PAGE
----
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  • Warren Sonbert, Hall of Mirrors 1966, film still

    Warren Sonbert, Hall of Mirrors 1966, film still

    © The Estate of Warren Sonbert

  • Warren Sonbert, Hall of Mirrors 1966, film still

    Warren Sonbert, Hall of Mirrors 1966, film still

    © The Estate of Warren Sonbert

  • Warren Sonbert, Hall of Mirrors 1966, film still

    Warren Sonbert, Hall of Mirrors 1966, film still

    © The Estate of Warren Sonbert

  • Warren Sonbert, Where Did Our Love Go? 1966 Film still

    Warren Sonbert, Where Did Our Love Go? 1966
    Film still

    © The Estate of WarrenSonbert

  • Warren Sonbert, Where Did Our Love Go? 1966 Film still

    Warren Sonbert, Where Did Our Love Go? 1966
    Film still

    © The Estate of Warren Sonbert

This programme pays tribute to Warren Sonbert’s Warhol-era influences. As a film student at New York University in the mid-1960s, Sonbert incorporated the avant-garde art scene of Warhol and his contemporaries into his filmmaking enterprise. Where Did Our Love Go? includes scenes from Warhol’s Factory and the art-gallery world. Sonbert described the film as follows: ‘Warhol Factory days…serendipity visits, Janis and Castelli and Bellevue glances…Malanga at work…glances at Le Mépris and North by Northwest…Girl rock groups and a disco opening…a romp through the Modern.’ Hall of Mirrors is an outgrowth of one of Sonbert’s film classes at NYU, in which he was given the out-takes from a Hollywood film (starring Fredric March and Florence Eldridge) to re-edit into a narrative sequence. To this footage Sonbert added scenes he himself shot of Warhol’s superstars Rene Ricard and Malanga in more private and reflective moments. Sonbert’s films are in vivid counterpoint to Warhol’s iconic portraits represented here by a pair of Screen Tests of Gerard Malanga and the influential poet and filmmaker Charles Henri Ford. Sonbert collaborated in 1967 with Malanga shooting footage for and briefly appearing in his film In search of the Miraculous and in 1971, Sonbert collaborated with Charles Henri Ford providing poetic narration on the soundtrack for his film Johnny Minotaur.

This programme is introduced by writer Lynne Tillman and followed by a discussion with Tillman, James Boaden and Jon Gartenberg.

Programme

Where Did Our Love Go?
Warren Sonbert, USA 1966, 16 mm, colour, 15 min

Hall Of Mirrors
Warren Sonbert, USA 1966, 16 mm, colour, 7 min

Screen Test Reel 3 #10 Gerard Malanga
Andy Warhol, USA 1964, 16 mm, 4 min

Screen Test – Reel 8 – #3 Charles Henri Ford
Andy Warhol, USA 1966, 16 mm, 4 min

In Search of the Miraculous
Gerard Malanga, USA 1967, 16 mm, sound 30 min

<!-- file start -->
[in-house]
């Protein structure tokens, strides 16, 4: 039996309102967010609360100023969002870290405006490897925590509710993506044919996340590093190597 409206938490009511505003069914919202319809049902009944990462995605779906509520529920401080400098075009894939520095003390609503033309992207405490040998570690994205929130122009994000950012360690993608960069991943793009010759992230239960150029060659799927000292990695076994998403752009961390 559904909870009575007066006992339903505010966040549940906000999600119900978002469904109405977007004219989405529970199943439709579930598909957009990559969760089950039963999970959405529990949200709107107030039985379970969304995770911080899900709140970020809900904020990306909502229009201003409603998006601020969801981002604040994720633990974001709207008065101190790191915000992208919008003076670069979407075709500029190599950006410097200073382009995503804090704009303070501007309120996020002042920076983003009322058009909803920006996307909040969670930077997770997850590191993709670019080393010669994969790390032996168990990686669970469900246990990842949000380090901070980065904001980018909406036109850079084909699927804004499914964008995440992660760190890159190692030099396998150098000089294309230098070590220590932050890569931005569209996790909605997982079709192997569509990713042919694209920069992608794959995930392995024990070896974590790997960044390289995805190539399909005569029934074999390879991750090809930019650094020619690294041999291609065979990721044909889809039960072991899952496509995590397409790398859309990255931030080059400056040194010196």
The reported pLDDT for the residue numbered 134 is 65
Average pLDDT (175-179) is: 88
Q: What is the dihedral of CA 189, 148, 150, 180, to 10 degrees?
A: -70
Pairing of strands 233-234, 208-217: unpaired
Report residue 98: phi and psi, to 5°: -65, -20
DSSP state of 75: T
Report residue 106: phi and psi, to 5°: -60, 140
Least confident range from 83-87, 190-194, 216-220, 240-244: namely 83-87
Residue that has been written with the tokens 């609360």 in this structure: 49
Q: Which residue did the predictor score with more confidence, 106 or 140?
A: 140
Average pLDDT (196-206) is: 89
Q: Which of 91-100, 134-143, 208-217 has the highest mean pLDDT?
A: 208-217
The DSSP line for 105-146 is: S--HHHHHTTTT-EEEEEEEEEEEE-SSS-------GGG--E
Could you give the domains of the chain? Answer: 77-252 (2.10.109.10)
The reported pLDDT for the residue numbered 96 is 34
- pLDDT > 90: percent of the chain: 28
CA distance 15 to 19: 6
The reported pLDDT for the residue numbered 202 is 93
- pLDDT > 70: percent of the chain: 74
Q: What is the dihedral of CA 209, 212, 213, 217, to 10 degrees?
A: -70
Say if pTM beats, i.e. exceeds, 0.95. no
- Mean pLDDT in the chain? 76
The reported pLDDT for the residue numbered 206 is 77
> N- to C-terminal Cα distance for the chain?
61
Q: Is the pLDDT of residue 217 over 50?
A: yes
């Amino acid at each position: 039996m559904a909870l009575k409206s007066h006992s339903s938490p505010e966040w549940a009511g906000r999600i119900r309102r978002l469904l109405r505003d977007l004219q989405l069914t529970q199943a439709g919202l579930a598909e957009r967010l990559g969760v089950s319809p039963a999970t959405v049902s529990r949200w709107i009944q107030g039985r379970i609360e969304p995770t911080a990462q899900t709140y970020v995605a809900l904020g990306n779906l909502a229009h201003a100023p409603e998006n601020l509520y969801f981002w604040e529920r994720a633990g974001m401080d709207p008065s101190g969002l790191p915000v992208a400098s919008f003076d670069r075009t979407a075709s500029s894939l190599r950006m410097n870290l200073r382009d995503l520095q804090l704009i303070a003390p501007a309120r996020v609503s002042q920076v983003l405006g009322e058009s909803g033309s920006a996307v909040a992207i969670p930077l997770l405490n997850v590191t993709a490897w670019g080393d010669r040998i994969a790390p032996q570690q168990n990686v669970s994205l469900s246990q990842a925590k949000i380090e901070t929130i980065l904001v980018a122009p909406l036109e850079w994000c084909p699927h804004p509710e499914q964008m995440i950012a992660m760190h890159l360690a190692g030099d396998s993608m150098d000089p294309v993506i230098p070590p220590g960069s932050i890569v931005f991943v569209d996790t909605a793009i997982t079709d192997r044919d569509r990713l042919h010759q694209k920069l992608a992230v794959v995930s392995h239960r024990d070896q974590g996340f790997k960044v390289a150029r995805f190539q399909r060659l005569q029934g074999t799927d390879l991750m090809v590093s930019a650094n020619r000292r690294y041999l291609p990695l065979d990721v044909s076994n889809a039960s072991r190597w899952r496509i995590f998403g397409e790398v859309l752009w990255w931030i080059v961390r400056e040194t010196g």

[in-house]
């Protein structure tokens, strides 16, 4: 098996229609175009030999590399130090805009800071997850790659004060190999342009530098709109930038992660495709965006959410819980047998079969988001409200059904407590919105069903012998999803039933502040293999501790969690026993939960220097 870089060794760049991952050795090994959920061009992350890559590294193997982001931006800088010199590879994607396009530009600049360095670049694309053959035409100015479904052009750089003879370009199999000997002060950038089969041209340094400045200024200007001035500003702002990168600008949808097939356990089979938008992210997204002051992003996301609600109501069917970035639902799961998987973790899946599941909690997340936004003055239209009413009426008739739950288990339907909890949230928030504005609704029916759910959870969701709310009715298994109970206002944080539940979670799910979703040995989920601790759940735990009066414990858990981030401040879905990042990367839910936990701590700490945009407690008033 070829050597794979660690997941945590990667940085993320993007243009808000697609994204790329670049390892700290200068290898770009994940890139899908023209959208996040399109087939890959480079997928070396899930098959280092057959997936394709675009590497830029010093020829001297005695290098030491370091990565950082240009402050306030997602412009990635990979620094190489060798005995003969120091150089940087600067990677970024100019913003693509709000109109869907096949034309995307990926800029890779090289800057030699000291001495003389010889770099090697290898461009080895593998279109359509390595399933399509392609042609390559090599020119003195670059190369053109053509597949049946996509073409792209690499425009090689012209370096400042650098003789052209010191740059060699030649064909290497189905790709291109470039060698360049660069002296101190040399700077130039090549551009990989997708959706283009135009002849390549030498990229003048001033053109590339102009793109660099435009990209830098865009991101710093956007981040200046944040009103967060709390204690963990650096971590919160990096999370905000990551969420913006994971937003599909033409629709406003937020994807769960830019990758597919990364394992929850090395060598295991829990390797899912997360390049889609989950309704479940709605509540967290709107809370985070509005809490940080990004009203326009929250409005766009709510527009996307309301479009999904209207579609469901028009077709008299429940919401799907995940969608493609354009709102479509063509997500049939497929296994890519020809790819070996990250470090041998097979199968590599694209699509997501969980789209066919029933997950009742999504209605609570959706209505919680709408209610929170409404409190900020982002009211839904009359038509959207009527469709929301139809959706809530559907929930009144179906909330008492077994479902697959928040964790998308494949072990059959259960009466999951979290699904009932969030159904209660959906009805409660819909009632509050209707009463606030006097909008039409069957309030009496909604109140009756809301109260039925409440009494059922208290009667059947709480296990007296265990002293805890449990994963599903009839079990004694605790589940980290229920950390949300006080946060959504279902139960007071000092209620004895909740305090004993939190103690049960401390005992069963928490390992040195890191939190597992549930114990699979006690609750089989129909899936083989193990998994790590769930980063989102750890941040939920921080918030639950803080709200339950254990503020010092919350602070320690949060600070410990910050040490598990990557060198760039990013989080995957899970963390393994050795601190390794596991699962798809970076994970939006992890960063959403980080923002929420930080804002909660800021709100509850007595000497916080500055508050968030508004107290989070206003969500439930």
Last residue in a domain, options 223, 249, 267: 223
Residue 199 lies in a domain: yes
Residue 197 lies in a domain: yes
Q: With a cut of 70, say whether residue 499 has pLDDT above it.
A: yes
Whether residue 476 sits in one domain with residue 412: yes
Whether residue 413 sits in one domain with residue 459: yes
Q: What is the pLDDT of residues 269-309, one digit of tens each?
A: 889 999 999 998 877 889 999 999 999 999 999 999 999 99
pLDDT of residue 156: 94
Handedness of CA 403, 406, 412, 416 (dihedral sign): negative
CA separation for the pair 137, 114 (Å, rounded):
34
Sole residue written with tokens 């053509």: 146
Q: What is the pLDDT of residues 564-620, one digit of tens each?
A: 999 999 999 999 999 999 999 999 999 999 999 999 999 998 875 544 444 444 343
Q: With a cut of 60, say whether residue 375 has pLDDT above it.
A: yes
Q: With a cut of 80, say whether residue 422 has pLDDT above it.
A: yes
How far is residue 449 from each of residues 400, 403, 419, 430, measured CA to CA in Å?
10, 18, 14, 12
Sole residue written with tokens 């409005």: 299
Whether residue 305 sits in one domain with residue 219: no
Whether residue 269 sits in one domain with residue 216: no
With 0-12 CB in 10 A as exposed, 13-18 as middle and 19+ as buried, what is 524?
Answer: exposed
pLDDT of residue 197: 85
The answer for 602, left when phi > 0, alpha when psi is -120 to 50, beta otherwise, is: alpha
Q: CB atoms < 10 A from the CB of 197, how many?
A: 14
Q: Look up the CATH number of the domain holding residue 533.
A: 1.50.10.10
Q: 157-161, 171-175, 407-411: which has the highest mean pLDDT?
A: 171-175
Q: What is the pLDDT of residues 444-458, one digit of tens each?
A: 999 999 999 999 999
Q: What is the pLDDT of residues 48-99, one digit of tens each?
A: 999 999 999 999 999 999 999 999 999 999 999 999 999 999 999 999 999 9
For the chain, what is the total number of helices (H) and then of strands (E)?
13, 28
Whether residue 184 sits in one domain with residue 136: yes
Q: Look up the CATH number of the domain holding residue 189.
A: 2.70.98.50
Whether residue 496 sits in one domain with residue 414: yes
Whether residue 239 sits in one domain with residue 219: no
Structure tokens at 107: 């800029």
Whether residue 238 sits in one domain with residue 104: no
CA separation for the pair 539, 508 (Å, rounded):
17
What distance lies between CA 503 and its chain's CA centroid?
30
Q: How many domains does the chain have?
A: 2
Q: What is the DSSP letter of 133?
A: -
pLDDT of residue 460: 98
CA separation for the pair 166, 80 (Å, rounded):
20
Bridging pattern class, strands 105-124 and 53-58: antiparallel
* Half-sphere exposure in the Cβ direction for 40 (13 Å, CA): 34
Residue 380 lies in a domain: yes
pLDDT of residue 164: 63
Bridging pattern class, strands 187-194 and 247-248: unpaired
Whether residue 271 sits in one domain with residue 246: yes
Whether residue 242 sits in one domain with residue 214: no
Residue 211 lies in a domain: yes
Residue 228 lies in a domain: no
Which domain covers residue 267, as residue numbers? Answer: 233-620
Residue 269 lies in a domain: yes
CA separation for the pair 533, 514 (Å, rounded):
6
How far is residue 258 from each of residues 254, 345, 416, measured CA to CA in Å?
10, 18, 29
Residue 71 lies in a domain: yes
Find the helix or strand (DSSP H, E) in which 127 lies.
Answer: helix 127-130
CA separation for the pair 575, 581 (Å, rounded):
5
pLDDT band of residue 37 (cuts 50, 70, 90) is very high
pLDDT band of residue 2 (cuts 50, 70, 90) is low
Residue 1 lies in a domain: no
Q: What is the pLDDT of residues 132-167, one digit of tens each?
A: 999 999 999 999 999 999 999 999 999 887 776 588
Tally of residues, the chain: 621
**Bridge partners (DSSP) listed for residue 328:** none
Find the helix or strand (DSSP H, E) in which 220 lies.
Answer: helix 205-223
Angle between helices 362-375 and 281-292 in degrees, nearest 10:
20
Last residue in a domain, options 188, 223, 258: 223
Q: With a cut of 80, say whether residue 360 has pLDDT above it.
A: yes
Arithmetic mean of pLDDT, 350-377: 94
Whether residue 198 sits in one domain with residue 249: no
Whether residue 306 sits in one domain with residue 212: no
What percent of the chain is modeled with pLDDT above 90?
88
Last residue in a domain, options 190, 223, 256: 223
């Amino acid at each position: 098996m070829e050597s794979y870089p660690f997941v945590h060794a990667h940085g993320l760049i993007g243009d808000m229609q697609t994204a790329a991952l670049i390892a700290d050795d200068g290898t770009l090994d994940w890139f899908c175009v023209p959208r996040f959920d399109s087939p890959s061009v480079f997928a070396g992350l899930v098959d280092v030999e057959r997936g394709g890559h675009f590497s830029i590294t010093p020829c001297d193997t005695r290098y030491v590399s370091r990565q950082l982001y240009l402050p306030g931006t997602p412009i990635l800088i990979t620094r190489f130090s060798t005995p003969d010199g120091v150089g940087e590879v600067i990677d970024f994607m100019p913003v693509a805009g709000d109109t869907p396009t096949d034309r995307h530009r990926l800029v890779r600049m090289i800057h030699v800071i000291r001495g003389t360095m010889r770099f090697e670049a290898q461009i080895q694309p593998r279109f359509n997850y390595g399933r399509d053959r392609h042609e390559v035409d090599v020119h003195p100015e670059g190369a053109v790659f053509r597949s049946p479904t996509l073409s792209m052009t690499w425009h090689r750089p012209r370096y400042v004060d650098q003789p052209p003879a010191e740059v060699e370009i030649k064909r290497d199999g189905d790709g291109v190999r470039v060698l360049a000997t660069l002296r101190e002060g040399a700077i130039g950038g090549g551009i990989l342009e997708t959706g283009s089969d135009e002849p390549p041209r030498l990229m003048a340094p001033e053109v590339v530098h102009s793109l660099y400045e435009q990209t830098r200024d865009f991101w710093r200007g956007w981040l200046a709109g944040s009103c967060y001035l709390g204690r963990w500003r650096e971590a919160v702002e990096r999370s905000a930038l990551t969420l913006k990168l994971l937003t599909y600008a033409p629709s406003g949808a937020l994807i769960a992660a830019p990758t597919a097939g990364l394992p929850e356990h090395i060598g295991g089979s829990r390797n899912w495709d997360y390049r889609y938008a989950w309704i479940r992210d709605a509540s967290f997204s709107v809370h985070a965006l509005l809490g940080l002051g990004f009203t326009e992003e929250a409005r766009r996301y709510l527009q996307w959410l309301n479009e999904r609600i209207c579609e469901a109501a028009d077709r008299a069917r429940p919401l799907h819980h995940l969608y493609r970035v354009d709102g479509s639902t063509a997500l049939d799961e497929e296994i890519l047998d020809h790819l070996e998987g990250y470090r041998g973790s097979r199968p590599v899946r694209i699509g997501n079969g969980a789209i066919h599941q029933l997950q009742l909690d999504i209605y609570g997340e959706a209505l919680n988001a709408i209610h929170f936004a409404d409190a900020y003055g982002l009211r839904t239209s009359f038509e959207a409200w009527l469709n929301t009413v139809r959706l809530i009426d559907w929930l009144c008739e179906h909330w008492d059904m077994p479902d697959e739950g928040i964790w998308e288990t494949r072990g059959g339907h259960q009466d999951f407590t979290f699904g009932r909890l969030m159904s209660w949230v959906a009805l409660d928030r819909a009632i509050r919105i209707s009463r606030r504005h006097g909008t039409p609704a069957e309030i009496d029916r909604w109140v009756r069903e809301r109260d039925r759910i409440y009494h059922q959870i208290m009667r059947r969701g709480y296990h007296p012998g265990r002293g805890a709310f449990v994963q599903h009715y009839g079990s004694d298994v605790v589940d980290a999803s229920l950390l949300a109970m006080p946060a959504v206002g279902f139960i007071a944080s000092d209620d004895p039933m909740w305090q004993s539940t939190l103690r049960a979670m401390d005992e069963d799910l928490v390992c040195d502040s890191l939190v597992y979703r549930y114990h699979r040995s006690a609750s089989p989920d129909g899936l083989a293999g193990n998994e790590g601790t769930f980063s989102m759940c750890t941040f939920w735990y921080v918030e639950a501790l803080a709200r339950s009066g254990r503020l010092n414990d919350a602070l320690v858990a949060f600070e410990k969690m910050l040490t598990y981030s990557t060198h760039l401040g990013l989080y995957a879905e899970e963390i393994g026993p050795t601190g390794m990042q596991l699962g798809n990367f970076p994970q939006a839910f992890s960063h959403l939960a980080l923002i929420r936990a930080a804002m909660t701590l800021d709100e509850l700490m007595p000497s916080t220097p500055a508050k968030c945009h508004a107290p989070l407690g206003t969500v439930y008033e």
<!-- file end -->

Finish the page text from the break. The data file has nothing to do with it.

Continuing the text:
Lynne Tillman

Lynne Tilman is a novelist, short story writer and critic based in New York. Her fifth novel American Genius, A Comedy was published by Soft Skull Press. Other novels include Haunted Houses and No Lease on Life, a National Book Critics Circle finalist in Fiction. Her most recent collection of stories, her fourth, is Someday This Will Be Funny. Currently, Tillman writes a bi-monthly column, ‘In These Intemperate Times’, for frieze magazine, and is at work on a new novel, Men and Apparitions. In January 2014, her second essay collection, What Would Lynne Tillman Do? will be published by Red Lemonade Press. Lynne is the guest editor of The Happy Hypocrite – Freedom, issue 6, published by Book Works launched in October 2013.

James Boaden

James Boaden is a lecturer in the history of art at the University of York. He is currently working on a book about the circle of Stan Brakhage from 1950-1965. He has curated film screenings at BFI Southbank, Tate Modern, and La Virreina, Barcelona and has published essays in Art History, Oxford Art Journal, and Little Joe. During 2013 he has been writer in residence at LUX: Artists’ Moving Image.

Jon Gartenberg

Jon Gartenberg is a film archivist, distributor, and programmer. He worked for nearly two decades as a curator in the Film Department of The Museum of Modern Art, where he initiated the restoration of the films of Andy Warhol and acquired experimental films for the permanent collection. As Program Director of Film Preservation for the Estate Project for Artists with AIDS, he oversaw the restoration of the complete oeuvre of Warren Sonbert, as well as selected films by David Wojnarowicz, Curt McDowell, and Jack Waters. Since 2003 he has programmed experimental films for the Tribeca Film Festival He has also produced short films by Ken Jacobs and Jeff Scher.

Tate Film is supported by Maja Hoffmann / LUMA Foundation